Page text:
āœØ Some interesting links āœØ

Transitional Apps

I like this talk from Rich Harris from JAMStackConf. It gets a bit technical - but - I want to share it because there's some really great content about 'single page apps' versus 'multi page apps'. I think it's important for testers to know what these terms mean, and what the advantages and disadvantages of these different models are.


The Facebook Outage

You know the one. Here's Facebook's write up on it. I think the really interesting part is that the outage meant engineers could not access the buildings. An interesting lesson to learn!


Monitoring and Observability

ā€‹Dr. McKayla interviews Charity Majors on, well, a bunch of stuff. Testing, staging environments, ownership, management... there's something for everyone in this one. Great content.


Slow Down to Speed Up

One of the toughest challenges I find in testing is encouraging teams to go slower. I believe slower in the short term, will help you go further in the long term. Building software is a marathon, not a sprint (insert scrum joke, heh heh).
John Cutler writes about it better than I can.


The Economics of CloudFlare R2

Corey Quinn is always a great read on cloud economics, and he's worth following. In this post, he goes in depth on CloudFlares new R2 storage service, a competitor to Amazon's S3. Really interesting reading!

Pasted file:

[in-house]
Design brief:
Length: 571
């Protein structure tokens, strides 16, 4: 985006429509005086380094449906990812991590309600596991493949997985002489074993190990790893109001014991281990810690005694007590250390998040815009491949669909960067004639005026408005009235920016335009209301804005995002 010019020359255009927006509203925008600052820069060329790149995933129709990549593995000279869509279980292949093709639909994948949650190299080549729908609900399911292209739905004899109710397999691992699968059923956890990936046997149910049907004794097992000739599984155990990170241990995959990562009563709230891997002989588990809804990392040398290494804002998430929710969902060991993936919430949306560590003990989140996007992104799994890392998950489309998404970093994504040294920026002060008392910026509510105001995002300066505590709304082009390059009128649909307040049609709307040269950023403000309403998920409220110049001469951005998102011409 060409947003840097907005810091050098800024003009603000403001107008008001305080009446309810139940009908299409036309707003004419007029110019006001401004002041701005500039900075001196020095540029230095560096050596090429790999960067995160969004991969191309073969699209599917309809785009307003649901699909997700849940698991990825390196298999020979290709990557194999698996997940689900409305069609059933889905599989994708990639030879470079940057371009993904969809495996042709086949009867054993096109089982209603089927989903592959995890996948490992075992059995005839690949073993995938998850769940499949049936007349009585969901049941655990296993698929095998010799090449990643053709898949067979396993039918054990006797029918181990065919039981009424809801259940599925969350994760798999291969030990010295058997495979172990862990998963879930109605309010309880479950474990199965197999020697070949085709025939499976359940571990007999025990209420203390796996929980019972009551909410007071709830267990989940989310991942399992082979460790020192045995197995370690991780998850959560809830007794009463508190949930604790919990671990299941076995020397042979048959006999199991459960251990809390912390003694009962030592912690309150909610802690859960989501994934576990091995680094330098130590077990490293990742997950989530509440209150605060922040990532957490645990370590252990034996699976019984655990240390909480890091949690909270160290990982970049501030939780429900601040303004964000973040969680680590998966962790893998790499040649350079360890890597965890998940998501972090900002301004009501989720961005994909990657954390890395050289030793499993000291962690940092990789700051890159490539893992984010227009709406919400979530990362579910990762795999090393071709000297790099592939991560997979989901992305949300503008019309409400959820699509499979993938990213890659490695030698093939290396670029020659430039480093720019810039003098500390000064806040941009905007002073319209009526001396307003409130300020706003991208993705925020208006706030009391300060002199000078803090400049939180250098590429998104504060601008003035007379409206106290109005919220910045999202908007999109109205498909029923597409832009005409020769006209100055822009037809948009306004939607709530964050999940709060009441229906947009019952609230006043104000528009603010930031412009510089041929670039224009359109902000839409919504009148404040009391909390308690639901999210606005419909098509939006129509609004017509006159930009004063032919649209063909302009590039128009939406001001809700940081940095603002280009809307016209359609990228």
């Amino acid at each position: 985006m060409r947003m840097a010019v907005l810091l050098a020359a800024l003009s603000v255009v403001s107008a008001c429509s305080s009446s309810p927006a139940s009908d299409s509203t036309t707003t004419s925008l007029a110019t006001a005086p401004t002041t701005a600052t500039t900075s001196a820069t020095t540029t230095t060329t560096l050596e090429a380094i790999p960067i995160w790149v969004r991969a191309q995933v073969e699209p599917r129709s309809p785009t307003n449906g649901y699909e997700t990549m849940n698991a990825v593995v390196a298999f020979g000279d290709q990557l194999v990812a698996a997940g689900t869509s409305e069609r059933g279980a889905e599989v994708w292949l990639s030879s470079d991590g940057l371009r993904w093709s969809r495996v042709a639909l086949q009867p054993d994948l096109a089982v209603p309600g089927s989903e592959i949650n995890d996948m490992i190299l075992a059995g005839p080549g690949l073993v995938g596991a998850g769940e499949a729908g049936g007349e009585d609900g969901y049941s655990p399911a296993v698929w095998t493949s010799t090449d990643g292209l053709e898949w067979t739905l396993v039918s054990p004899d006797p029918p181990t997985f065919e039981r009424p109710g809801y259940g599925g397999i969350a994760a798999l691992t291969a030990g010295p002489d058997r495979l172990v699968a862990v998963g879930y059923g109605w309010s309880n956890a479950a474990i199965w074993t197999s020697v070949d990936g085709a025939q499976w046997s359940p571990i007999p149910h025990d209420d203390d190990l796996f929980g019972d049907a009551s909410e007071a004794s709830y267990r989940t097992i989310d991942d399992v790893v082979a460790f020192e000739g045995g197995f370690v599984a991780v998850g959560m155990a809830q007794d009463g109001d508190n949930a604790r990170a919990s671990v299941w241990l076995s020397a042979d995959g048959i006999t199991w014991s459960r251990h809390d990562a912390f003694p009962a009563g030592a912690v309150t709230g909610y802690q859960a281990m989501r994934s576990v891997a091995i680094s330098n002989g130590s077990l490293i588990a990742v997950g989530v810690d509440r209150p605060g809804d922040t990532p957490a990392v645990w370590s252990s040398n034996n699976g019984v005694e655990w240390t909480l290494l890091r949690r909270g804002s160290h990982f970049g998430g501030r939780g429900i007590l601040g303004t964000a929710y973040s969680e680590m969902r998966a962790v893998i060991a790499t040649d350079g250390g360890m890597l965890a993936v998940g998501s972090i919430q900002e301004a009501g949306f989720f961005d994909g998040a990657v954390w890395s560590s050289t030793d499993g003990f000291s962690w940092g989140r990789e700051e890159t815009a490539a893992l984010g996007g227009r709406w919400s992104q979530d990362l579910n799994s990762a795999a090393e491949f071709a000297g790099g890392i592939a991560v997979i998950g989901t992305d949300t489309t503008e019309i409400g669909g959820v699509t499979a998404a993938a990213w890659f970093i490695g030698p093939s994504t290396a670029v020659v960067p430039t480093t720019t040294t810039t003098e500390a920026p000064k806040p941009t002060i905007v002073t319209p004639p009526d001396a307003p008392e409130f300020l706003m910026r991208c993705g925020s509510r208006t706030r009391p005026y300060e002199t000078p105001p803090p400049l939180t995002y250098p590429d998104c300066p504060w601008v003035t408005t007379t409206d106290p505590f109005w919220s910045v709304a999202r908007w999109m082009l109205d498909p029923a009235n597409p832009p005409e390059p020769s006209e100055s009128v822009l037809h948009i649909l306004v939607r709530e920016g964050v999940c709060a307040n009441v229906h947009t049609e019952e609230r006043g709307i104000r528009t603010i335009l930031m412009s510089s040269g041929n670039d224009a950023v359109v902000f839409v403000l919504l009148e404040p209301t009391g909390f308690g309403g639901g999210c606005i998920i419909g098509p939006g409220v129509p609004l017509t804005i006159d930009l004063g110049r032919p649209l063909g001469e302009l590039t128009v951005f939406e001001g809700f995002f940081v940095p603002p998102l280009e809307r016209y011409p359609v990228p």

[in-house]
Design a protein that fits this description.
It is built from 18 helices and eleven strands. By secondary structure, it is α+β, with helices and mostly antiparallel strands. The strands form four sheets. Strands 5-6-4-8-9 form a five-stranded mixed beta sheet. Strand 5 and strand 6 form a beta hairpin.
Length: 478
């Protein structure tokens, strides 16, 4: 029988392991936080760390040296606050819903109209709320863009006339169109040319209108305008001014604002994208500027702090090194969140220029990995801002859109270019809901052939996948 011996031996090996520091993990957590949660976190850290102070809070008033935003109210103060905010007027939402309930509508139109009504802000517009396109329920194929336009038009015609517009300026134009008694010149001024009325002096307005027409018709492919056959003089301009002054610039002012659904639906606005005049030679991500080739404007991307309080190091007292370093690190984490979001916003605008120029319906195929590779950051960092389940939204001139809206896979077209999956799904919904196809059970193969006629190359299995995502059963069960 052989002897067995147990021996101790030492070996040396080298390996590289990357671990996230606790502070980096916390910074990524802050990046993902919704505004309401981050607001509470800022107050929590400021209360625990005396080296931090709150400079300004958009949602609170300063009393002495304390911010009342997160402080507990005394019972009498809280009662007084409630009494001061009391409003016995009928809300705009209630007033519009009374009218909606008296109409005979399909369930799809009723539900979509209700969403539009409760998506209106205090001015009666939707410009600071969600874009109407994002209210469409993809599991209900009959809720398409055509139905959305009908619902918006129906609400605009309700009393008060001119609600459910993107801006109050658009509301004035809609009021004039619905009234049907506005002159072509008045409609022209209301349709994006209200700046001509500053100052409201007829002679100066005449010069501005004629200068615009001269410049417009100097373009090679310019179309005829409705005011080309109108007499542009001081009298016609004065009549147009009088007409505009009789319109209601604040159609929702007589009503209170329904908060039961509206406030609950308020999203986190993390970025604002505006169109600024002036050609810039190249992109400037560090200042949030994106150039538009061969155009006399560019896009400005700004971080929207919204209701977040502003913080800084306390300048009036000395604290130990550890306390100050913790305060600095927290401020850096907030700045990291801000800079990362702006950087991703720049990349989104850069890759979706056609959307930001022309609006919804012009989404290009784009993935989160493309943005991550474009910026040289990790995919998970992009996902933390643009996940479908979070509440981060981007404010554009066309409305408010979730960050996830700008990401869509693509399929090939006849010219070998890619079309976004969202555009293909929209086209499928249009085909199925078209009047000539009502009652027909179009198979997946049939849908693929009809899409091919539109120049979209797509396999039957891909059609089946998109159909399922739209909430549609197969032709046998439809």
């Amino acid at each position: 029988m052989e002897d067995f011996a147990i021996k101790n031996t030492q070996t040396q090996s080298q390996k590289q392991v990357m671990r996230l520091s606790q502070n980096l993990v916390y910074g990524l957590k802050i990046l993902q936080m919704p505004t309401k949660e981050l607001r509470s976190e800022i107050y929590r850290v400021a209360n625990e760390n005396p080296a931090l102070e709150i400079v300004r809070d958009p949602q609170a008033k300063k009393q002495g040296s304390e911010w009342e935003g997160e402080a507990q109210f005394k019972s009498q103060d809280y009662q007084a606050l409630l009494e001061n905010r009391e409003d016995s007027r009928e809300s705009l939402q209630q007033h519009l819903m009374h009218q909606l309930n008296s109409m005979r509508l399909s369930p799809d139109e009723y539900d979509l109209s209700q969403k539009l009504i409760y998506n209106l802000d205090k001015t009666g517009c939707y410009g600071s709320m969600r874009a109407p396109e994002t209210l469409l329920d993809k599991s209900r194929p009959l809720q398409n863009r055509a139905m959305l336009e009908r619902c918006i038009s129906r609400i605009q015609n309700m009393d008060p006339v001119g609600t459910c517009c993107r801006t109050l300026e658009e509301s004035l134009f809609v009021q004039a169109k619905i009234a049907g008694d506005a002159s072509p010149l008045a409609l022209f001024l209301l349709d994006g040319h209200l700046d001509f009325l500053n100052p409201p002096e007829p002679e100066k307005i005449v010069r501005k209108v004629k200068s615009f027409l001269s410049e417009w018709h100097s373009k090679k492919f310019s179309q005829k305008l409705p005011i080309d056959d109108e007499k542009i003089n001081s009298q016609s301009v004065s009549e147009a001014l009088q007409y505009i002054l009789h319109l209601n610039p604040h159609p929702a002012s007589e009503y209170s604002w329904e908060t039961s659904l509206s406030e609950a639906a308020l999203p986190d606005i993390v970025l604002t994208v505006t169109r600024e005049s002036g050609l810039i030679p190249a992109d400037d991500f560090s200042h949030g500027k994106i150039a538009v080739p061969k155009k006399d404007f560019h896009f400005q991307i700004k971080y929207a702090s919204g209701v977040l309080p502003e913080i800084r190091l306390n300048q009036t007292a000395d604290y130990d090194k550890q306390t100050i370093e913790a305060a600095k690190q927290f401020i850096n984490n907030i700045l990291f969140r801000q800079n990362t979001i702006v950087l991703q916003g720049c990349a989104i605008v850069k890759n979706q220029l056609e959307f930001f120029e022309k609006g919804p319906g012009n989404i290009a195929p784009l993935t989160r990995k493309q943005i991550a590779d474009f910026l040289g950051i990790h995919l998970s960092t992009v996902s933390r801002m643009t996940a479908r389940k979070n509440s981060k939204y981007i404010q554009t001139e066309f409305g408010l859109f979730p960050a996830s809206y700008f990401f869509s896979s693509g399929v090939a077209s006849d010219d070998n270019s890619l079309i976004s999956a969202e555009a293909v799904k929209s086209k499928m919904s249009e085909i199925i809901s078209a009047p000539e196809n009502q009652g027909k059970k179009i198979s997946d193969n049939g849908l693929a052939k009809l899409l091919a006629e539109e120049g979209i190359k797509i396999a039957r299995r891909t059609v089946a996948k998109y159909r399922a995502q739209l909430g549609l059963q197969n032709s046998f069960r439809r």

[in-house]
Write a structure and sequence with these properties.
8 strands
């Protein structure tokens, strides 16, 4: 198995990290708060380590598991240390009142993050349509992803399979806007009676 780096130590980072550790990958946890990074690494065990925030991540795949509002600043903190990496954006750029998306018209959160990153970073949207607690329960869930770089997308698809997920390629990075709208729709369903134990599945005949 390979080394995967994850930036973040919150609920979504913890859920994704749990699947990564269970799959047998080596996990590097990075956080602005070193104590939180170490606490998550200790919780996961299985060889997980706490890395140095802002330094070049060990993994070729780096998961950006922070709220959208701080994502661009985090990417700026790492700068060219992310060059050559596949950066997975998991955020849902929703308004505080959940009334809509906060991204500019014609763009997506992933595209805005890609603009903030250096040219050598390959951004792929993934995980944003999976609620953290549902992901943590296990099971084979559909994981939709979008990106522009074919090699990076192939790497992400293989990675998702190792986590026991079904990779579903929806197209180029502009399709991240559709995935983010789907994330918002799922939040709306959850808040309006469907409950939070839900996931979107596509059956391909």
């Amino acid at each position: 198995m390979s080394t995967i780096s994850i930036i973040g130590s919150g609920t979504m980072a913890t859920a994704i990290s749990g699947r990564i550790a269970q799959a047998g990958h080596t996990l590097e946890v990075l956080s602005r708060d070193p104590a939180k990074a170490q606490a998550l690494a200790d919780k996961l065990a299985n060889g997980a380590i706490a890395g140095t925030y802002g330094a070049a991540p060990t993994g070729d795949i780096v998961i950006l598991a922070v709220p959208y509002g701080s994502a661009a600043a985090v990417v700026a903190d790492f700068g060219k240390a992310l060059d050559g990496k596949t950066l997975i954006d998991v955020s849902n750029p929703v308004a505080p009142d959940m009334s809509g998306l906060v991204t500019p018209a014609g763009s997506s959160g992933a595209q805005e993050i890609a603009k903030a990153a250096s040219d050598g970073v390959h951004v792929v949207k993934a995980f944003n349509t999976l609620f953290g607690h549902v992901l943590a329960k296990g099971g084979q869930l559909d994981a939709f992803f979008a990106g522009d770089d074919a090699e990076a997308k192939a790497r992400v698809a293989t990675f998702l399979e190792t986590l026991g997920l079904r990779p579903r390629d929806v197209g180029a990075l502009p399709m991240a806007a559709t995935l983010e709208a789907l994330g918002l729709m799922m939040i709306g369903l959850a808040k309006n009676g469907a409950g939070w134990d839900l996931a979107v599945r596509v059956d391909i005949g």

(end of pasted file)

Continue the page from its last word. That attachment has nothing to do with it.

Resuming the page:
The Agile Testing Chat Sheet

I frequently get asked for resources to help with 'test ideas'. Janet Gregory and Lisa Crispin have a cheat sheet for this, and they've just released an updated version of it. I think it's intentionally called a 'chat sheet' because it's supposed to generate conversation. Print it out, share it with your team, and stick it on your office wall!


šŸ§© Puzzle time šŸ§©

This one might be a little bit niche.

I've been refreshing myself on React in my spare time, and bumped my head against a silly issue this week.

ā€‹Check out this CodePen.

There are three buttons. When ever you click one, it should log to the browser console the name of the button that is clicked.

Instead though, it logs when the page renders, and then never again.

Here is the relevant code - can you figure out what mistake I've made?


ā€‹The answer can be found here.

šŸŽŖ Events coming up šŸŽŖ

Metrics: An Ongoing Retrospective (Oct 20)

I mentioned this last time, but it's worth another shout. Akshay Sud is going to present all about metrics, and how to use them to continually improve what you're doing. Definitely worth attending!


Obviously Awesome: Using Strategic Positioning to Unlock Growth in Noisy Markets (Oct 27)

Possibly going for 'longest meetup talk title ever' award, ProductTank (Auckland and Wellington) are hosting April Dunford to talk all about market positioning, and now to make great products succeed.


Visual Testing Workshop (Nov 3)

Ministry of Testing Auckland are bringing you this hands on workshop, teaching how to do visual testing using Applitools.

The link says 'bring your laptop', but I'm pretty sure this one is virtual.

šŸ‘‹ Thanks for reading! šŸ‘‹

Have a great week and will see you in the next one! I mentioned last time, we were supposed to be relocating, but it got pushed back to next weekend... so hopefully I'll be emailing you from a new city by next time!

Take care, and reach out to me any time on LinkedIn or Twitter.


James a.k.a. JPie šŸ„§